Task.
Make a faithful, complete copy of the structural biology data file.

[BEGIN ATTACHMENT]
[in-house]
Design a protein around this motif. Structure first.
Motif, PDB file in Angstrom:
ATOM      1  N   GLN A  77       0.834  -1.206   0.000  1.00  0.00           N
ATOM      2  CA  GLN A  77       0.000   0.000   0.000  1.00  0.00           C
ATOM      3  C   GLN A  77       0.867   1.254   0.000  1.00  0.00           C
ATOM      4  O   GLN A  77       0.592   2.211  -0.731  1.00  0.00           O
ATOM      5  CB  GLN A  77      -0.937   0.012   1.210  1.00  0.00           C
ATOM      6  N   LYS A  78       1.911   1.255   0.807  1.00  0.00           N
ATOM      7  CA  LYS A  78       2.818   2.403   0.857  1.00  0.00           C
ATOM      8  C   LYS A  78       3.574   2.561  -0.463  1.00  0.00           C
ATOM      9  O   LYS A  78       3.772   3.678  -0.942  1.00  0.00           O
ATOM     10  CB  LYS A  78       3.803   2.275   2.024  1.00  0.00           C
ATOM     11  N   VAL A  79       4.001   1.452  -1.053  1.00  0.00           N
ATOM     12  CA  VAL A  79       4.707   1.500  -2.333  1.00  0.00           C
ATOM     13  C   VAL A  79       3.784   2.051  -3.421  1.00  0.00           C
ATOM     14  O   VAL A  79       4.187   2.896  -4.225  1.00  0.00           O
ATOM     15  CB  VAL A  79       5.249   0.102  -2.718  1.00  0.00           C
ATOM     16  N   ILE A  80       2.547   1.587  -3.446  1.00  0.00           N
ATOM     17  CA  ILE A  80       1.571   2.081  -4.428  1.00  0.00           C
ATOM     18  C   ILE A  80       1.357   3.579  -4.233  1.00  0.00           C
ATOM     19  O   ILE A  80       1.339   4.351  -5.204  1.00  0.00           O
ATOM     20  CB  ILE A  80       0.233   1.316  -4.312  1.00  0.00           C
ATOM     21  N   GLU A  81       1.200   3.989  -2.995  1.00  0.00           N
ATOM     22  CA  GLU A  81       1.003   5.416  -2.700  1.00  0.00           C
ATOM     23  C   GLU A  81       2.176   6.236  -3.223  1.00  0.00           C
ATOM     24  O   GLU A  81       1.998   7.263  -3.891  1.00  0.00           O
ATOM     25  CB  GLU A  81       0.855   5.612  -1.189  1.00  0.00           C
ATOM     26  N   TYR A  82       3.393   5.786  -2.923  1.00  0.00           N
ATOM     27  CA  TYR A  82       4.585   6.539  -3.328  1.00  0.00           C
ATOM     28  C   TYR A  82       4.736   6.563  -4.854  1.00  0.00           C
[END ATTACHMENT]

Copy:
[in-house]
Design a protein around this motif. Structure first.
Motif, PDB file in Angstrom:
ATOM      1  N   GLN A  77       0.834  -1.206   0.000  1.00  0.00           N
ATOM      2  CA  GLN A  77       0.000   0.000   0.000  1.00  0.00           C
ATOM      3  C   GLN A  77       0.867   1.254   0.000  1.00  0.00           C
ATOM      4  O   GLN A  77       0.592   2.211  -0.731  1.00  0.00           O
ATOM      5  CB  GLN A  77      -0.937   0.012   1.210  1.00  0.00           C
ATOM      6  N   LYS A  78       1.911   1.255   0.807  1.00  0.00           N
ATOM      7  CA  LYS A  78       2.818   2.403   0.857  1.00  0.00           C
ATOM      8  C   LYS A  78       3.574   2.561  -0.463  1.00  0.00           C
ATOM      9  O   LYS A  78       3.772   3.678  -0.942  1.00  0.00           O
ATOM     10  CB  LYS A  78       3.803   2.275   2.024  1.00  0.00           C
ATOM     11  N   VAL A  79       4.001   1.452  -1.053  1.00  0.00           N
ATOM     12  CA  VAL A  79       4.707   1.500  -2.333  1.00  0.00           C
ATOM     13  C   VAL A  79       3.784   2.051  -3.421  1.00  0.00           C
ATOM     14  O   VAL A  79       4.187   2.896  -4.225  1.00  0.00           O
ATOM     15  CB  VAL A  79       5.249   0.102  -2.718  1.00  0.00           C
ATOM     16  N   ILE A  80       2.547   1.587  -3.446  1.00  0.00           N
ATOM     17  CA  ILE A  80       1.571   2.081  -4.428  1.00  0.00           C
ATOM     18  C   ILE A  80       1.357   3.579  -4.233  1.00  0.00           C
ATOM     19  O   ILE A  80       1.339   4.351  -5.204  1.00  0.00           O
ATOM     20  CB  ILE A  80       0.233   1.316  -4.312  1.00  0.00           C
ATOM     21  N   GLU A  81       1.200   3.989  -2.995  1.00  0.00           N
ATOM     22  CA  GLU A  81       1.003   5.416  -2.700  1.00  0.00           C
ATOM     23  C   GLU A  81       2.176   6.236  -3.223  1.00  0.00           C
ATOM     24  O   GLU A  81       1.998   7.263  -3.891  1.00  0.00           O
ATOM     25  CB  GLU A  81       0.855   5.612  -1.189  1.00  0.00           C
ATOM     26  N   TYR A  82       3.393   5.786  -2.923  1.00  0.00           N
ATOM     27  CA  TYR A  82       4.585   6.539  -3.328  1.00  0.00           C
ATOM     28  C   TYR A  82       4.736   6.563  -4.854  1.00  0.00           C